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Troubleshooter: Dealing with dental patients who complain simply to complain

Aug. 14, 2022
Most dental team members are familiar with those patients—the ones who always find something to complain about no matter how well treatment went. What's a good way to handle these people's whining?

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Question: We have several patients lately who grumble and complain just for the sake of complaining. Our team has discussed some of them among ourselves and agreed they’re just grumpy and like to complain. “I feel like the bleeding is excessive” or, “I have such incredible sensitivity after whitening.” We always inform patients about possible discomforts, but these people continue to whine appointment after appointment. We patiently assure them that what they’re experiencing is normal, yet they don’t want to hear it. They might even be complaining to their family and friends. How would you advise we work with these difficult patients?

Answer from Anna Maria Yiannikos, DDS, MSc:

My office has these patients too, and of course it’s natural if you and your team become upset or frustrated with them. This is absolutely normal, as long as you keep your feelings to yourselves. The important thing is to deal with them compassionately, immediately, and effectively, and to keep them as patients.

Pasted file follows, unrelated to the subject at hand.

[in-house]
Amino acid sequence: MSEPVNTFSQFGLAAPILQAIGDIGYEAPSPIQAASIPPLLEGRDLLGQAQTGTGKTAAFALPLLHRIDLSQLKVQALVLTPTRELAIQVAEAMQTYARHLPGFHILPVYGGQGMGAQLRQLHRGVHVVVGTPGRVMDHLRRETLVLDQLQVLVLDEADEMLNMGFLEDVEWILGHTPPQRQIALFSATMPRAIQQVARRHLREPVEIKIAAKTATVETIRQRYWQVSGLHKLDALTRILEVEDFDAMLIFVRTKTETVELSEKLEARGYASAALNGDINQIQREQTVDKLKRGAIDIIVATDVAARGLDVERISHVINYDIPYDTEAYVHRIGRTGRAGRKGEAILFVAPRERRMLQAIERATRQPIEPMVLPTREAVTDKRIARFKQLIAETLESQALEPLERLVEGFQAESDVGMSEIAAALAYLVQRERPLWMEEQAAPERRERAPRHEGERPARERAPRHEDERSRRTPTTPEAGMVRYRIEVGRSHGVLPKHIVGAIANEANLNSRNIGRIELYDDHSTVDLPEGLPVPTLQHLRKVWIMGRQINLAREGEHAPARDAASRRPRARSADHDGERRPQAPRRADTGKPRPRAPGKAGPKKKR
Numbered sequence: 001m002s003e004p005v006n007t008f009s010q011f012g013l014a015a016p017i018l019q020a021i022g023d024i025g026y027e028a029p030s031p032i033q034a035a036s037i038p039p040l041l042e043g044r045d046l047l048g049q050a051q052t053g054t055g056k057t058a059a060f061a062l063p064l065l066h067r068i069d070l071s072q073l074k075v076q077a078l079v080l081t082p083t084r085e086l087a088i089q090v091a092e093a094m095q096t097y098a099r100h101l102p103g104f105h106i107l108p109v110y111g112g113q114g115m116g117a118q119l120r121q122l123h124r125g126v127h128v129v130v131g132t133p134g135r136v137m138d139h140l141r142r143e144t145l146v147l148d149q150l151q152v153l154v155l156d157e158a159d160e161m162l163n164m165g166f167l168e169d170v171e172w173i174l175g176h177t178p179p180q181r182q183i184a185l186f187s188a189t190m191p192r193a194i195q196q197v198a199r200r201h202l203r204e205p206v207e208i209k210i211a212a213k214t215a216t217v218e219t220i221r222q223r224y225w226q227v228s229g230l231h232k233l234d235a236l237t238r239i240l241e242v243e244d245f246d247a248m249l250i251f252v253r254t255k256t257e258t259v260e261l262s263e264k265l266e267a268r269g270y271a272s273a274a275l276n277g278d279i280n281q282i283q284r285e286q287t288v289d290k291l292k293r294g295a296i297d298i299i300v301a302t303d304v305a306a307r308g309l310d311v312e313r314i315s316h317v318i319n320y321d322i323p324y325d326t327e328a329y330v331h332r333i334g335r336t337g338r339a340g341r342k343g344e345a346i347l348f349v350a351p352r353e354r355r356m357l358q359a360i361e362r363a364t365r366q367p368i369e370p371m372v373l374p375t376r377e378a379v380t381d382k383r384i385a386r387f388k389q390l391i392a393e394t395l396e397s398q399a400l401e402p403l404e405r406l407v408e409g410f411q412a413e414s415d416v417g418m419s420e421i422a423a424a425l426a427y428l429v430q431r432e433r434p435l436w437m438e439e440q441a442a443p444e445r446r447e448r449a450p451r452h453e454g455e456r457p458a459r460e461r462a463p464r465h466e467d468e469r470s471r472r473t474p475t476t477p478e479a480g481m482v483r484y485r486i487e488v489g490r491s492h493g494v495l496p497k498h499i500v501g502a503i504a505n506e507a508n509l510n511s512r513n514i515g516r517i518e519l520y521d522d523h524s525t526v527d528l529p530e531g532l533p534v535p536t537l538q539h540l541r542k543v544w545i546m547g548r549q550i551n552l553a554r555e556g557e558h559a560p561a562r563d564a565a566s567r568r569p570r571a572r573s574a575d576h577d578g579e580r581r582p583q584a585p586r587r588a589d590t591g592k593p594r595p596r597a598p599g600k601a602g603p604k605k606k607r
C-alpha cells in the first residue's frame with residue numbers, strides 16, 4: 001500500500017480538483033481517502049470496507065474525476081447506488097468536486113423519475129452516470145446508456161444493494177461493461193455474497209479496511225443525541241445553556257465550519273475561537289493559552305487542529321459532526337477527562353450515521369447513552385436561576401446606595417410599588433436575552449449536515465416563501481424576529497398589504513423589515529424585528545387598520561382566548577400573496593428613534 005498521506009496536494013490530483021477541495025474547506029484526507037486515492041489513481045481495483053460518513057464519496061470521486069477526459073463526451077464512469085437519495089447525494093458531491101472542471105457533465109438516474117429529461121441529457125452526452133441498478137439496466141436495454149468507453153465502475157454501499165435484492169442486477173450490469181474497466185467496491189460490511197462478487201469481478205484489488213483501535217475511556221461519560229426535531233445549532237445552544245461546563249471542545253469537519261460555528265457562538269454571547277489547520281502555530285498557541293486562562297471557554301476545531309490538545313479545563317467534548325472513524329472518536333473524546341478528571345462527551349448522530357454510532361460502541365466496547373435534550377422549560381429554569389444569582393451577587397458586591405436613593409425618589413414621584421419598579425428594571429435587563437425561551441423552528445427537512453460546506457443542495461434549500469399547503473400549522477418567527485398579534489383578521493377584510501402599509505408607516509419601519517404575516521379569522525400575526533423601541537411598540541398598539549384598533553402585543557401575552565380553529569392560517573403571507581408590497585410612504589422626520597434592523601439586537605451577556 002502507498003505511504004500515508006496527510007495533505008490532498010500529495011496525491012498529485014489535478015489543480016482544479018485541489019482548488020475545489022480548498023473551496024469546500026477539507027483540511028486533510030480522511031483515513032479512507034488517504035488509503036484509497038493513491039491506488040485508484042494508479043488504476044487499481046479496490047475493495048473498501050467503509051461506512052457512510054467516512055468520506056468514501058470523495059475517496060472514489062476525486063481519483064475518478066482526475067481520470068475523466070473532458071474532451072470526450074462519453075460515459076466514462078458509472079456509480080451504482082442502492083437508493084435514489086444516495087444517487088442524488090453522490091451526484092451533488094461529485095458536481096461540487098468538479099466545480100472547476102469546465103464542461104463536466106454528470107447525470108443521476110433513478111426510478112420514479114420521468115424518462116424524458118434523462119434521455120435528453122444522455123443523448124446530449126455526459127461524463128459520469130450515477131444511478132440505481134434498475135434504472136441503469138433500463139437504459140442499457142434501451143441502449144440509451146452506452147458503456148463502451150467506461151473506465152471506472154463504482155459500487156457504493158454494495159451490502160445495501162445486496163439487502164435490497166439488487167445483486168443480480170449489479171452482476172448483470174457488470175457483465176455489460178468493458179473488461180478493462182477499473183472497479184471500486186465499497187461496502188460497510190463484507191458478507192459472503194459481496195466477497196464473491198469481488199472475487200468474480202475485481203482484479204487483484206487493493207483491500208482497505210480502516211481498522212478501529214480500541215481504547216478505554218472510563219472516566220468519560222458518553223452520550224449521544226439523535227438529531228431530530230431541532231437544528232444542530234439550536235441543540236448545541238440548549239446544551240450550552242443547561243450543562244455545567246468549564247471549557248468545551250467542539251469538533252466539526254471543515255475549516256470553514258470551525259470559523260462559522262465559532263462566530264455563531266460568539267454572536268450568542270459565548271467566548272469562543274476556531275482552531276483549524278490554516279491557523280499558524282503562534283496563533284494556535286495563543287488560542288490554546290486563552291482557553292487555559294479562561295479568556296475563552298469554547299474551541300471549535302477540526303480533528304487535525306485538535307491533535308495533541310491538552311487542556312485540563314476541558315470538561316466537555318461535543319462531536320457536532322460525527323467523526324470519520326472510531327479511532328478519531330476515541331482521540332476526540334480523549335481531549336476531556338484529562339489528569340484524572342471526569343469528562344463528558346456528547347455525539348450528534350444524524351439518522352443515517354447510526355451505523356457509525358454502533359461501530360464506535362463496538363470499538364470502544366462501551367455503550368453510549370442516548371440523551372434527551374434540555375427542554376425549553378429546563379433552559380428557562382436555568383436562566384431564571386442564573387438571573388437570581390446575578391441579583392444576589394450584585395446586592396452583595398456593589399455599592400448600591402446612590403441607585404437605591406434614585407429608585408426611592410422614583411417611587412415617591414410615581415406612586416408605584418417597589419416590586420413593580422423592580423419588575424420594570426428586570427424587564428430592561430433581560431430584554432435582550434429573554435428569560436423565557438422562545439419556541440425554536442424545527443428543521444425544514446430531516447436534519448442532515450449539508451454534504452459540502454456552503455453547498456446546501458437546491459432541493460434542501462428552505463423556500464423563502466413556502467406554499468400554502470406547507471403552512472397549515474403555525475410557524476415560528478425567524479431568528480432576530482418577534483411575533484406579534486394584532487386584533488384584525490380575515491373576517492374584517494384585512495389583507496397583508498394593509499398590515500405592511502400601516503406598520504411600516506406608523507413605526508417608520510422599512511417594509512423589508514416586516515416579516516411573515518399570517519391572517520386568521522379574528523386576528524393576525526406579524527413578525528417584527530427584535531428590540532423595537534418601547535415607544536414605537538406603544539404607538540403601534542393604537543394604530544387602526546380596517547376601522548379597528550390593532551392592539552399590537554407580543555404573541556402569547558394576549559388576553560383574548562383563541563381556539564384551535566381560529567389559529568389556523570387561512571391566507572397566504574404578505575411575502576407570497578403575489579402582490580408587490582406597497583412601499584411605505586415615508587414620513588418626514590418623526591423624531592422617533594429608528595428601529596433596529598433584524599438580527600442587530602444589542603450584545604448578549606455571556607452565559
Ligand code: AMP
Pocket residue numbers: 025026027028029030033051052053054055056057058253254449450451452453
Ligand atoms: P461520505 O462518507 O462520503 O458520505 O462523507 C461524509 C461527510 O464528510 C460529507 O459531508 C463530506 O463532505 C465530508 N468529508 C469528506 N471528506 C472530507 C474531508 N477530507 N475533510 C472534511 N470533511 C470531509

Here are five steps you can apply to get successful results.

1. When they start to whine, breathe. I know, it’s hard not to get angry with them, but envision yourself as the conductor of an orchestra responsible for guiding them along on the path you desire.

2. Listen to them and hear them out.

3. Act accordingly. What do you think is the patient’s real problem? Maybe someone just wants to be listened to and pampered a little bit. Or the person wants his or her “problem” to be resolved with your advice, “Don’t rinse for six hours,” or a prescription, “Use this cream and it will reduce the sensitivity.”

Of course most patients have nothing to complain about because everything is normal, but you can never say that to them! Give complainers something so they will feel that their “problems” are being acknowledged and will be resolved immediately by you, their trusted doctor.

4. Follow up with patients. We feel it is a must to call these patients to check on them before they have a chance to call our office and complain some more. By doing this we have the advantage of the upper hand in the conversation and we guide them toward the results we want.

5. When you call them, ask the right question. Don't ask, “Is everything all right?” Why don’t you ask that? Because most of the time these patients will start to complain again. Instead say, “I just called to check on you and make sure everything is OK.” By using this phrase you will not give them space or thought for more complaining.

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Editor's note: Originally posted in 2018; updated September 2022